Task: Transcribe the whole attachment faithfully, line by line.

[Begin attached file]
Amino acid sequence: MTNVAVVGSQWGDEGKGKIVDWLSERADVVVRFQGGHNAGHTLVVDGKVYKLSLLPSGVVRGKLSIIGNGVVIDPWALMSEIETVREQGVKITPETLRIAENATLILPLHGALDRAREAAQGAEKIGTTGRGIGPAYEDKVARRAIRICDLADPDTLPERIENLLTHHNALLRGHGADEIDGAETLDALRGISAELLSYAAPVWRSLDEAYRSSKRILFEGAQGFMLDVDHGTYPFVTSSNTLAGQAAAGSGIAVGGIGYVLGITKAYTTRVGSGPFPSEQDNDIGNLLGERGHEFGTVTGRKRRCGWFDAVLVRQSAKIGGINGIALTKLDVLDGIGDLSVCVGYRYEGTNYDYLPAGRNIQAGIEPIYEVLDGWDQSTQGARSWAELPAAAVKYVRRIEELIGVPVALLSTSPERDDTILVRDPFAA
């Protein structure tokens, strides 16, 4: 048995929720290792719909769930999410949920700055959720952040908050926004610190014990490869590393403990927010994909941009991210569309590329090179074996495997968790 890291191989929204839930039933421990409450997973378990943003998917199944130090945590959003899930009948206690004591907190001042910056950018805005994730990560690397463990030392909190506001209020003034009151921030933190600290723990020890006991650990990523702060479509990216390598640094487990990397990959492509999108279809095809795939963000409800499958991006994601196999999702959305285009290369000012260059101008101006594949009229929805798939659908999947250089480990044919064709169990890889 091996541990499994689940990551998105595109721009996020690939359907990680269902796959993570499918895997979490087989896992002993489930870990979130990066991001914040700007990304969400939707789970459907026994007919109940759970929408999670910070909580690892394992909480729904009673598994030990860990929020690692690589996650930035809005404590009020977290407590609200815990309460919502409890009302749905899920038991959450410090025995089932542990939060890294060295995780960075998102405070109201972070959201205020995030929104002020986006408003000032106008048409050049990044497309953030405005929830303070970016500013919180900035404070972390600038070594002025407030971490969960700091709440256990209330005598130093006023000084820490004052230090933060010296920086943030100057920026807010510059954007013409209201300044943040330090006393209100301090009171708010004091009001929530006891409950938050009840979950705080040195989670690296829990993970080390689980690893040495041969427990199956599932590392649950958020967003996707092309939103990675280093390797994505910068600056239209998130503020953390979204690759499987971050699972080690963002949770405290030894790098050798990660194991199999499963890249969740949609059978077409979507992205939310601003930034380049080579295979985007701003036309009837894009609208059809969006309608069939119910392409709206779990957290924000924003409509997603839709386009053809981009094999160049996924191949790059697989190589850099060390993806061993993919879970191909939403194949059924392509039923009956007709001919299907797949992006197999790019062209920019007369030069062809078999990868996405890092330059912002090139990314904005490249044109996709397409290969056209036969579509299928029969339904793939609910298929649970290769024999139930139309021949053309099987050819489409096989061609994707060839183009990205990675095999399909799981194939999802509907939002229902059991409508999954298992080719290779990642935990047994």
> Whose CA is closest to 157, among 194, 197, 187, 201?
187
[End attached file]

Amino acid sequence: MTNVAVVGSQWGDEGKGKIVDWLSERADVVVRFQGGHNAGHTLVVDGKVYKLSLLPSGVVRGKLSIIGNGVVIDPWALMSEIETVREQGVKITPETLRIAENATLILPLHGALDRAREAAQGAEKIGTTGRGIGPAYEDKVARRAIRICDLADPDTLPERIENLLTHHNALLRGHGADEIDGAETLDALRGISAELLSYAAPVWRSLDEAYRSSKRILFEGAQGFMLDVDHGTYPFVTSSNTLAGQAAAGSGIAVGGIGYVLGITKAYTTRVGSGPFPSEQDNDIGNLLGERGHEFGTVTGRKRRCGWFDAVLVRQSAKIGGINGIALTKLDVLDGIGDLSVCVGYRYEGTNYDYLPAGRNIQAGIEPIYEVLDGWDQSTQGARSWAELPAAAVKYVRRIEELIGVPVALLSTSPERDDTILVRDPFAA
């Protein structure tokens, strides 16, 4: 048995929720290792719909769930999410949920700055959720952040908050926004610190014990490869590393403990927010994909941009991210569309590329090179074996495997968790 890291191989929204839930039933421990409450997973378990943003998917199944130090945590959003899930009948206690004591907190001042910056950018805005994730990560690397463990030392909190506001209020003034009151921030933190600290723990020890006991650990990523702060479509990216390598640094487990990397990959492509999108279809095809795939963000409800499958991006994601196999999702959305285009290369000012260059101008101006594949009229929805798939659908999947250089480990044919064709169990890889 091996541990499994689940990551998105595109721009996020690939359907990680269902796959993570499918895997979490087989896992002993489930870990979130990066991001914040700007990304969400939707789970459907026994007919109940759970929408999670910070909580690892394992909480729904009673598994030990860990929020690692690589996650930035809005404590009020977290407590609200815990309460919502409890009302749905899920038991959450410090025995089932542990939060890294060295995780960075998102405070109201972070959201205020995030929104002020986006408003000032106008048409050049990044497309953030405005929830303070970016500013919180900035404070972390600038070594002025407030971490969960700091709440256990209330005598130093006023000084820490004052230090933060010296920086943030100057920026807010510059954007013409209201300044943040330090006393209100301090009171708010004091009001929530006891409950938050009840979950705080040195989670690296829990993970080390689980690893040495041969427990199956599932590392649950958020967003996707092309939103990675280093390797994505910068600056239209998130503020953390979204690759499987971050699972080690963002949770405290030894790098050798990660194991199999499963890249969740949609059978077409979507992205939310601003930034380049080579295979985007701003036309009837894009609208059809969006309608069939119910392409709206779990957290924000924003409509997603839709386009053809981009094999160049996924191949790059697989190589850099060390993806061993993919879970191909939403194949059924392509039923009956007709001919299907797949992006197999790019062209920019007369030069062809078999990868996405890092330059912002090139990314904005490249044109996709397409290969056209036969579509299928029969339904793939609910298929649970290769024999139930139309021949053309099987050819489409096989061609994707060839183009990205990675095999399909799981194939999802509907939002229902059991409508999954298992080719290779990642935990047994």
> Whose CA is closest to 157, among 194, 197, 187, 201?
187